This is the sixth year that I have been carrying out my Help4Heroes sessions at Tedworth House. As the hard work of Dave Turner and his various helpers (residents, visitors and external and corporate volunteers) has opened up the woodland and improved the habitat, so the catches have increased in both variety and number. As usual in a woodland at this time of year, Blue Tits are far and away the largest proportion of the catch but, as ever, the site continues to offer up the odd surprise. Today’s was a late arriving Redwing. Nobody has seen them around the site for a couple of months and I certainly wasn’t expecting to find one in the net directly opposite my lure for Lesser Spotted Woodpecker.
Why a lure for Lesser Spotted Woodpecker? The site is perfect for them although, unfortunately, their numbers have dwindled nationally. My Braydon Forest sites are a known haunt for them, with them being seen annually and confirmed breeding quite regularly. One of the staff had reported a sparrow-sized woodpecker in one of the trees close to the House. He was shown some pictures of woodpecker type birds: Nuthatch; Green Wood pecker and Great Spotted Woodpecker and, finally, Lesser Spotted Woodpecker and he was definite that was what he saw. Fortunately, Jack Daw who, besides being a first class bird ringer, is the maintenance man at Tedworth House, has also seen the bird since. Unfortunately, it didn’t show this morning.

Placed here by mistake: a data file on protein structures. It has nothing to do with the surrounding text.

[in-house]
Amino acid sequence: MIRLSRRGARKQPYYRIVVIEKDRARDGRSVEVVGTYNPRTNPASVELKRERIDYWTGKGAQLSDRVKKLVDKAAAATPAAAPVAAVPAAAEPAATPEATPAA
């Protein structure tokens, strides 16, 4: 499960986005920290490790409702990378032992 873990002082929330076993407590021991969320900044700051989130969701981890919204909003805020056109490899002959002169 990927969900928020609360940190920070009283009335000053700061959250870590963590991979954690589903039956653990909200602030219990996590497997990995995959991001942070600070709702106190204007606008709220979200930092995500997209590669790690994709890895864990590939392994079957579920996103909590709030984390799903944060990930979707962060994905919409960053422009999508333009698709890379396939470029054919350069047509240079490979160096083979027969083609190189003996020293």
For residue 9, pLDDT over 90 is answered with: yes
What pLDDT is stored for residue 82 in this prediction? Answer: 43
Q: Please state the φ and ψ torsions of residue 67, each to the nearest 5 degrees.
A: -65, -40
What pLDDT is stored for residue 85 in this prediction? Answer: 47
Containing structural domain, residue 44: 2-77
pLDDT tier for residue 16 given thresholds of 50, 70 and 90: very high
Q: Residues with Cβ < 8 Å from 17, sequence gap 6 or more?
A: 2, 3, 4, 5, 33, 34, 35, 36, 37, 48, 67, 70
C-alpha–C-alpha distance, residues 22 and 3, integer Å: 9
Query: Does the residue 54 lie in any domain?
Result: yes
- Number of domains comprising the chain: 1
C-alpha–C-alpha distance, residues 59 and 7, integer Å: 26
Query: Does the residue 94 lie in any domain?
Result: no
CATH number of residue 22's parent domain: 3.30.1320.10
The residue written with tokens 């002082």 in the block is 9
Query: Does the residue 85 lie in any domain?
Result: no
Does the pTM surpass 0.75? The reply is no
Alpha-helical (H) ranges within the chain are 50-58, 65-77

Jack was a star this morning, standing in for Dave Turner, who was not on site today. He helped me get the nets up and open and, more importantly, provided the essential bacon sandwich. For someone who has ringed as many thousands of birds from as many species as Jack has, he had never ringed a Nuthatch. So, when we caught a female Nuthatch in the first round, I insisted he break his duck and ring a Nuthatch, by way of a thank you.
The catch was certainly interesting: Nuthatch 2; Blue Tit 16(13); Great Tit 1(3); Coal Tit 2; Dunnock (2); Robin 2(1); Redwing 1; Song Thrush 1; Blackbird 1; Chaffinch 5; Goldfinch 1. Totals: 32 birds ringed from 10 species; 19 birds recaptured from 4 species, making 51 birds processed from 11 species. This is our largest catch at this site. The previous best was 49 birds processed from 10 species in September 2017. Most of those birds were juveniles from that year’s breeding effort, before they have had time to succumb to predation, illness and starvation, so having such a good catch at the back end of the winter is highly encouraging.
One slightly odd feature: all 5 Chaffinch caught were female. Fortunately, no sign of any FPV or mite infections.
I was joined for about 15 minutes by a small family group (mum, daughter and son) and all three got a lesson in how to safely hold and release Blue Tits and what it is like to be bitten by them (“not as bad as chickens” was the consensus opinion).